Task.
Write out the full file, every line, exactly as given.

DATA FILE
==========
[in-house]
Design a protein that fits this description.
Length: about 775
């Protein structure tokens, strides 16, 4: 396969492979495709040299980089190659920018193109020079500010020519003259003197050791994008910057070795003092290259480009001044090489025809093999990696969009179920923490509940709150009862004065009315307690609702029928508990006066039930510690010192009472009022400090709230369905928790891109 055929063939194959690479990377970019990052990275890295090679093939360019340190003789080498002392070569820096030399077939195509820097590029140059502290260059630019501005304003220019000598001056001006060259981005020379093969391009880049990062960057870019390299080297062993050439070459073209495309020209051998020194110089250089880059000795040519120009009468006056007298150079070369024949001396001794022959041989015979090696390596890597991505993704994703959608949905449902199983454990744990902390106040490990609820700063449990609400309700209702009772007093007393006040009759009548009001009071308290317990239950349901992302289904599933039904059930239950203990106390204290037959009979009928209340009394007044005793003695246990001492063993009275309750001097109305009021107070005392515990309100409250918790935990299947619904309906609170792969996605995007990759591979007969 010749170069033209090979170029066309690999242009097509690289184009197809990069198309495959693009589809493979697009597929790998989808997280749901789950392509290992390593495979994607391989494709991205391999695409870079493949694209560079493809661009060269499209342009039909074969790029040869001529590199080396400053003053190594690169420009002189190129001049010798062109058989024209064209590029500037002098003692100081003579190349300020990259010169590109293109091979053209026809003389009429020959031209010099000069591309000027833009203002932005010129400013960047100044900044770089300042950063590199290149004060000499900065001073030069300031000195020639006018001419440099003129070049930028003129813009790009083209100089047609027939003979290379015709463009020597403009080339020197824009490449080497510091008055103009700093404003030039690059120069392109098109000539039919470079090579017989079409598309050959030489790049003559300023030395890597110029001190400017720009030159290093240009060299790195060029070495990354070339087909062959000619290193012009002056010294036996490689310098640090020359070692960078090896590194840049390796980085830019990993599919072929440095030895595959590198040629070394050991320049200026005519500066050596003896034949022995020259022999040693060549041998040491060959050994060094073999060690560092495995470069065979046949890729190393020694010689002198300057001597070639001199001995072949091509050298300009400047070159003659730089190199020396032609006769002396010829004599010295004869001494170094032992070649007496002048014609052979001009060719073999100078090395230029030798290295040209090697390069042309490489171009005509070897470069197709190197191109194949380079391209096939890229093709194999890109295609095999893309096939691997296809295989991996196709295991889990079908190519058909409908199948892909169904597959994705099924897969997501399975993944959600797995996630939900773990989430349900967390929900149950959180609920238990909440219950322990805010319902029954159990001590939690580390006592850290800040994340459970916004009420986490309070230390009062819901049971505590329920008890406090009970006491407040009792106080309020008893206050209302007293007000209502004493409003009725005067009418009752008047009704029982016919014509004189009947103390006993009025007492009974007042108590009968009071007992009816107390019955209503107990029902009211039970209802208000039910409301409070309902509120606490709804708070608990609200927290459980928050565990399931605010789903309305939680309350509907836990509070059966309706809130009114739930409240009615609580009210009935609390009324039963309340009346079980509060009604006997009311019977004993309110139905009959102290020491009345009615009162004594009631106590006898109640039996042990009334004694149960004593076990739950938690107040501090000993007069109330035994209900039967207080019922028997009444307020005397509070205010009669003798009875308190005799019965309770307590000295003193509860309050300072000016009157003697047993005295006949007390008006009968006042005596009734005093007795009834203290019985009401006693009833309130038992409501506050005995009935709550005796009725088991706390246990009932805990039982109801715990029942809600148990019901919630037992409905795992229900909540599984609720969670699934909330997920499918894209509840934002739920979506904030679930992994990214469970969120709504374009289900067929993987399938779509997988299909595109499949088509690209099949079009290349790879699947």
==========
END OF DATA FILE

[in-house]
Design a protein that fits this description.
Length: about 775
């Protein structure tokens, strides 16, 4: 396969492979495709040299980089190659920018193109020079500010020519003259003197050791994008910057070795003092290259480009001044090489025809093999990696969009179920923490509940709150009862004065009315307690609702029928508990006066039930510690010192009472009022400090709230369905928790891109 055929063939194959690479990377970019990052990275890295090679093939360019340190003789080498002392070569820096030399077939195509820097590029140059502290260059630019501005304003220019000598001056001006060259981005020379093969391009880049990062960057870019390299080297062993050439070459073209495309020209051998020194110089250089880059000795040519120009009468006056007298150079070369024949001396001794022959041989015979090696390596890597991505993704994703959608949905449902199983454990744990902390106040490990609820700063449990609400309700209702009772007093007393006040009759009548009001009071308290317990239950349901992302289904599933039904059930239950203990106390204290037959009979009928209340009394007044005793003695246990001492063993009275309750001097109305009021107070005392515990309100409250918790935990299947619904309906609170792969996605995007990759591979007969 010749170069033209090979170029066309690999242009097509690289184009197809990069198309495959693009589809493979697009597929790998989808997280749901789950392509290992390593495979994607391989494709991205391999695409870079493949694209560079493809661009060269499209342009039909074969790029040869001529590199080396400053003053190594690169420009002189190129001049010798062109058989024209064209590029500037002098003692100081003579190349300020990259010169590109293109091979053209026809003389009429020959031209010099000069591309000027833009203002932005010129400013960047100044900044770089300042950063590199290149004060000499900065001073030069300031000195020639006018001419440099003129070049930028003129813009790009083209100089047609027939003979290379015709463009020597403009080339020197824009490449080497510091008055103009700093404003030039690059120069392109098109000539039919470079090579017989079409598309050959030489790049003559300023030395890597110029001190400017720009030159290093240009060299790195060029070495990354070339087909062959000619290193012009002056010294036996490689310098640090020359070692960078090896590194840049390796980085830019990993599919072929440095030895595959590198040629070394050991320049200026005519500066050596003896034949022995020259022999040693060549041998040491060959050994060094073999060690560092495995470069065979046949890729190393020694010689002198300057001597070639001199001995072949091509050298300009400047070159003659730089190199020396032609006769002396010829004599010295004869001494170094032992070649007496002048014609052979001009060719073999100078090395230029030798290295040209090697390069042309490489171009005509070897470069197709190197191109194949380079391209096939890229093709194999890109295609095999893309096939691997296809295989991996196709295991889990079908190519058909409908199948892909169904597959994705099924897969997501399975993944959600797995996630939900773990989430349900967390929900149950959180609920238990909440219950322990805010319902029954159990001590939690580390006592850290800040994340459970916004009420986490309070230390009062819901049971505590329920008890406090009970006491407040009792106080309020008893206050209302007293007000209502004493409003009725005067009418009752008047009704029982016919014509004189009947103390006993009025007492009974007042108590009968009071007992009816107390019955209503107990029902009211039970209802208000039910409301409070309902509120606490709804708070608990609200927290459980928050565990399931605010789903309305939680309350509907836990509070059966309706809130009114739930409240009615609580009210009935609390009324039963309340009346079980509060009604006997009311019977004993309110139905009959102290020491009345009615009162004594009631106590006898109640039996042990009334004694149960004593076990739950938690107040501090000993007069109330035994209900039967207080019922028997009444307020005397509070205010009669003798009875308190005799019965309770307590000295003193509860309050300072000016009157003697047993005295006949007390008006009968006042005596009734005093007795009834203290019985009401006693009833309130038992409501506050005995009935709550005796009725088991706390246990009932805990039982109801715990029942809600148990019901919630037992409905795992229900909540599984609720969670699934909330997920499918894209509840934002739920979506904030679930992994990214469970969120709504374009289900067929993987399938779509997988299909595109499949088509690209099949079009290349790879699947």